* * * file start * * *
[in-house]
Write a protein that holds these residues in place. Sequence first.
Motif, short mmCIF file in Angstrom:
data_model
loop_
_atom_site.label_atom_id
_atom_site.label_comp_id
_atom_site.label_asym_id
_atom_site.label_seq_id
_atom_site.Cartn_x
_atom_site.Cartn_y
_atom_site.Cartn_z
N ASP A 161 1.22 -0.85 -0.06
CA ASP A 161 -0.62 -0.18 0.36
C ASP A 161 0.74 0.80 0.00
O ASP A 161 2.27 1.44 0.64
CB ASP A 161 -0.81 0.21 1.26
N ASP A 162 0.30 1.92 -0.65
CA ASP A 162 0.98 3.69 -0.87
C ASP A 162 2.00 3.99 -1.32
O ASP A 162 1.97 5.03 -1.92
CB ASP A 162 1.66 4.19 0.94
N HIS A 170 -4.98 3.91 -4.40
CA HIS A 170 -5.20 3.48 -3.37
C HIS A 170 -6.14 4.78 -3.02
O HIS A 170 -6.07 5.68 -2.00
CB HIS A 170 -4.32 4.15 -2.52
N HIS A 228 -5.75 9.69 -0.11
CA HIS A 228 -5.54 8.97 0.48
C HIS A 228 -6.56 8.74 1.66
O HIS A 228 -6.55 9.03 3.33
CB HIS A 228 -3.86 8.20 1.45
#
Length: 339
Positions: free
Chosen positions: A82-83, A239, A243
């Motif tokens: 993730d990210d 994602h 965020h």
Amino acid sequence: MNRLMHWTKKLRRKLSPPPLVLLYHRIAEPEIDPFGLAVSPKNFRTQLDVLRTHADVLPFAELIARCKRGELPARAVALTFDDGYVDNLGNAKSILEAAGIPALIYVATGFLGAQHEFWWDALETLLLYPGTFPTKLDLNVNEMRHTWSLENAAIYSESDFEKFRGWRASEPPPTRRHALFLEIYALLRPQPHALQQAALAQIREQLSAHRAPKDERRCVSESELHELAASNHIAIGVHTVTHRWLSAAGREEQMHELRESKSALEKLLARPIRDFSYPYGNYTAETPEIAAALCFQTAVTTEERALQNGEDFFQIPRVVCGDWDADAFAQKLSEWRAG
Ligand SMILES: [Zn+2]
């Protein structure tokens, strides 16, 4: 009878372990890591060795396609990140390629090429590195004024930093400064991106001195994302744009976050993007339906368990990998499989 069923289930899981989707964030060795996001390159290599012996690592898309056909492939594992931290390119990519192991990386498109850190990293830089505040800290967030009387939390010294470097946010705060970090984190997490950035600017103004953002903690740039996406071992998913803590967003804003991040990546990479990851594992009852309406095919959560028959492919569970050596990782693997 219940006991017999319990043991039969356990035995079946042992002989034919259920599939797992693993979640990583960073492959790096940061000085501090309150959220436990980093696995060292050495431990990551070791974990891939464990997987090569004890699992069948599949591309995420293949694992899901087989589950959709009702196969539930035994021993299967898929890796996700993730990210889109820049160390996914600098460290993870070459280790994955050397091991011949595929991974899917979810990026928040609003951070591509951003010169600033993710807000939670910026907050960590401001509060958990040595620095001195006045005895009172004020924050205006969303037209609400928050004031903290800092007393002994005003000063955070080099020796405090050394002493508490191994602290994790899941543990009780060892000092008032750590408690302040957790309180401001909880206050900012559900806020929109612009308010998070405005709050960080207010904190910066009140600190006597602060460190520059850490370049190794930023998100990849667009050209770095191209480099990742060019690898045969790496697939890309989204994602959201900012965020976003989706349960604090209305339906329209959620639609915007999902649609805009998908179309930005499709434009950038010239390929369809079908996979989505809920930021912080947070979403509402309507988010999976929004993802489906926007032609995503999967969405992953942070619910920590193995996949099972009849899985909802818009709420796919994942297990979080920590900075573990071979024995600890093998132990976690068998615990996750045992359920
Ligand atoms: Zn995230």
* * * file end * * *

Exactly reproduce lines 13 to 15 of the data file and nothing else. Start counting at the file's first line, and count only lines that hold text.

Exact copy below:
N ASP A 161 1.22 -0.85 -0.06
CA ASP A 161 -0.62 -0.18 0.36
C ASP A 161 0.74 0.80 0.00